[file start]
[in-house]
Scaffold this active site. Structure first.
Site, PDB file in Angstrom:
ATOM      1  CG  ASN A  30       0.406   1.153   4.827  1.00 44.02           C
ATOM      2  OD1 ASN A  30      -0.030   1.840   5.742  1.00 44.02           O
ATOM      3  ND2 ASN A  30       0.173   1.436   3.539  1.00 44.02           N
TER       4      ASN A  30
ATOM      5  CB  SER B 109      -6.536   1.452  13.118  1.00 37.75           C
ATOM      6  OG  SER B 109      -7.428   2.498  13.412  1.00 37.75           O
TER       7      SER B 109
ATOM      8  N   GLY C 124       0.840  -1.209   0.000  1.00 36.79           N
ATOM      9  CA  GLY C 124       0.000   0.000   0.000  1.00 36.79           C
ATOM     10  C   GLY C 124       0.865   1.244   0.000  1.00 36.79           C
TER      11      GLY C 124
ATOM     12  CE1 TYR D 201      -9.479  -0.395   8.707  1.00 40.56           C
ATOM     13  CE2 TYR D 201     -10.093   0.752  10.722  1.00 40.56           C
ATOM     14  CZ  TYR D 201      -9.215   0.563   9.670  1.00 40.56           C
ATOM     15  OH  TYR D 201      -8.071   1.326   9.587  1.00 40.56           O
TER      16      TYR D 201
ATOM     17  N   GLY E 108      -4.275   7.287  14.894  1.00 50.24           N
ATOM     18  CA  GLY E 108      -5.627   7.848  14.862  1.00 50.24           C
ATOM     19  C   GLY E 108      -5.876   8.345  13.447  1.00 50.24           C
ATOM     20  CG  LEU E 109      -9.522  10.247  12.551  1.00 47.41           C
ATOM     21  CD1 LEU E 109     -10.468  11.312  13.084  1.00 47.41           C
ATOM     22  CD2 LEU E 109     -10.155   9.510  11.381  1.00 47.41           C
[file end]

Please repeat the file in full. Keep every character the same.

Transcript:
[in-house]
Scaffold this active site. Structure first.
Site, PDB file in Angstrom:
ATOM      1  CG  ASN A  30       0.406   1.153   4.827  1.00 44.02           C
ATOM      2  OD1 ASN A  30      -0.030   1.840   5.742  1.00 44.02           O
ATOM      3  ND2 ASN A  30       0.173   1.436   3.539  1.00 44.02           N
TER       4      ASN A  30
ATOM      5  CB  SER B 109      -6.536   1.452  13.118  1.00 37.75           C
ATOM      6  OG  SER B 109      -7.428   2.498  13.412  1.00 37.75           O
TER       7      SER B 109
ATOM      8  N   GLY C 124       0.840  -1.209   0.000  1.00 36.79           N
ATOM      9  CA  GLY C 124       0.000   0.000   0.000  1.00 36.79           C
ATOM     10  C   GLY C 124       0.865   1.244   0.000  1.00 36.79           C
TER      11      GLY C 124
ATOM     12  CE1 TYR D 201      -9.479  -0.395   8.707  1.00 40.56           C
ATOM     13  CE2 TYR D 201     -10.093   0.752  10.722  1.00 40.56           C
ATOM     14  CZ  TYR D 201      -9.215   0.563   9.670  1.00 40.56           C
ATOM     15  OH  TYR D 201      -8.071   1.326   9.587  1.00 40.56           O
TER      16      TYR D 201
ATOM     17  N   GLY E 108      -4.275   7.287  14.894  1.00 50.24           N
ATOM     18  CA  GLY E 108      -5.627   7.848  14.862  1.00 50.24           C
ATOM     19  C   GLY E 108      -5.876   8.345  13.447  1.00 50.24           C
ATOM     20  CG  LEU E 109      -9.522  10.247  12.551  1.00 47.41           C
ATOM     21  CD1 LEU E 109     -10.468  11.312  13.084  1.00 47.41           C
ATOM     22  CD2 LEU E 109     -10.155   9.510  11.381  1.00 47.41           C